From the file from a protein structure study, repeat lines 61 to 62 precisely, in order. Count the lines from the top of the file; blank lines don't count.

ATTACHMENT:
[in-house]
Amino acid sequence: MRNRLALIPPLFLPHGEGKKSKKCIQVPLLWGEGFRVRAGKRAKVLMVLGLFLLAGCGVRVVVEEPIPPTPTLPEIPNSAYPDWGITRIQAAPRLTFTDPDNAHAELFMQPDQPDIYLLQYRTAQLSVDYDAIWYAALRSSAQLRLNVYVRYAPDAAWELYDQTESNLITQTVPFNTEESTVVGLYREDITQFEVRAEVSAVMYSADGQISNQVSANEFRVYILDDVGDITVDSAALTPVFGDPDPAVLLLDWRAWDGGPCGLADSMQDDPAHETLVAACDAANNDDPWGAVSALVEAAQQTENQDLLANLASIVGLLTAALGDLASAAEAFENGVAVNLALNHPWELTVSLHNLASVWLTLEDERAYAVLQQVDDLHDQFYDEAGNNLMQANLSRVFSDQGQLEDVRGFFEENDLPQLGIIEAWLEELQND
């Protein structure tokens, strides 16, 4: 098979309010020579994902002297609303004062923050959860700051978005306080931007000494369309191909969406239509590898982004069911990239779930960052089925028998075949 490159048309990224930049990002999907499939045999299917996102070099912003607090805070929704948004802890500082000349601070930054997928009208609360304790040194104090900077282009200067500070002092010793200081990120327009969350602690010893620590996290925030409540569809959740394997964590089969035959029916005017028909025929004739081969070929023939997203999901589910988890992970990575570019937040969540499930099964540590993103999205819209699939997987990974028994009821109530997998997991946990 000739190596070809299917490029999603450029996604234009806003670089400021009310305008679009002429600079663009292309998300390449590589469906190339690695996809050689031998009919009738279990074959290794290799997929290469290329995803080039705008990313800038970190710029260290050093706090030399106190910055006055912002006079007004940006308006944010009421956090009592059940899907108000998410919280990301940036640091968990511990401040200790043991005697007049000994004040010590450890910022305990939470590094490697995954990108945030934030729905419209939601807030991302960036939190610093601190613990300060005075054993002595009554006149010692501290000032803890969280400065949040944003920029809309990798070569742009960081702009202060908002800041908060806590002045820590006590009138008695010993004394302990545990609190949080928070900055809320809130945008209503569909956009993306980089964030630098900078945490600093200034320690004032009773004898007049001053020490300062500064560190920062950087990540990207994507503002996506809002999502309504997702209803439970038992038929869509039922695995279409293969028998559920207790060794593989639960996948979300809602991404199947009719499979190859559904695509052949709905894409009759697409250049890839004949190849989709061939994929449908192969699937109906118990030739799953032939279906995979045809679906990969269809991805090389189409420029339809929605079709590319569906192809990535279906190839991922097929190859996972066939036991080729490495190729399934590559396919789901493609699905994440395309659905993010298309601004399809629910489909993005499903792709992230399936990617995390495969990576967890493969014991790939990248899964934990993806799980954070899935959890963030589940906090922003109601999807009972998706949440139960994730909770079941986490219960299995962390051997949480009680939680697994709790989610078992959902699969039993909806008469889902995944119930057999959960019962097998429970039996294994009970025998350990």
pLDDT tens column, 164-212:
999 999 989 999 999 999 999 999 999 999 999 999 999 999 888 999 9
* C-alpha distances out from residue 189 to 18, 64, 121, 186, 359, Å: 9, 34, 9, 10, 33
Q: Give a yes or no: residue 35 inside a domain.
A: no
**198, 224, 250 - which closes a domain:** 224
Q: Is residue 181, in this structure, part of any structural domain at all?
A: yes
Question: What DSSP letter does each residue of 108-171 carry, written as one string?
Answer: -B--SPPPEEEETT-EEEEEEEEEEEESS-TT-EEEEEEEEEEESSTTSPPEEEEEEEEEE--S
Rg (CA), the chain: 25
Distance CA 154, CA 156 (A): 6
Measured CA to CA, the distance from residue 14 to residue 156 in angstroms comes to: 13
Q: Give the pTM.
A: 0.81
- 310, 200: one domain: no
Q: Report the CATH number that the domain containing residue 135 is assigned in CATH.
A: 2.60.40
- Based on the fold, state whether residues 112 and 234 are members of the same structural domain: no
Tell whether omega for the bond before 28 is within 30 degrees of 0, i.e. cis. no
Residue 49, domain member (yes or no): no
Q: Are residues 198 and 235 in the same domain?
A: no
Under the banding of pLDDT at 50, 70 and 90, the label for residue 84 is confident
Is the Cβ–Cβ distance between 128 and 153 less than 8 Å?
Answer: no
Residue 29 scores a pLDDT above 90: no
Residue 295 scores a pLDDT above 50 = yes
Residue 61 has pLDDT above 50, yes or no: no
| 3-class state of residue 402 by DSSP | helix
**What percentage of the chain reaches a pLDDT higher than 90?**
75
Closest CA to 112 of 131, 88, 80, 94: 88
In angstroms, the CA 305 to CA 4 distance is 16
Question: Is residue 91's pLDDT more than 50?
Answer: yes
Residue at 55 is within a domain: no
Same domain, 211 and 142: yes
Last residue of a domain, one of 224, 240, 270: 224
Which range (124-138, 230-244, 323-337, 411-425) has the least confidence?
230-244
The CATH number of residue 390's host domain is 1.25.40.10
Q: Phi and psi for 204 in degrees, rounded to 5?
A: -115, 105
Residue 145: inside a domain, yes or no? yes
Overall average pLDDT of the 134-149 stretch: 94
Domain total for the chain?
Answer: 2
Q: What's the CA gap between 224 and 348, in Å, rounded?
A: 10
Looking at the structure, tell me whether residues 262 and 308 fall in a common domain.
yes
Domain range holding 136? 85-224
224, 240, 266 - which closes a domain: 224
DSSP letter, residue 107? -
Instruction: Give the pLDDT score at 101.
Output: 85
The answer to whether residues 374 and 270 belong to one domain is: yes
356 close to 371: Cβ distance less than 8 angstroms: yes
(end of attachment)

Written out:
The answer to whether residues 374 and 270 belong to one domain is: yes
356 close to 371: Cβ distance less than 8 angstroms: yes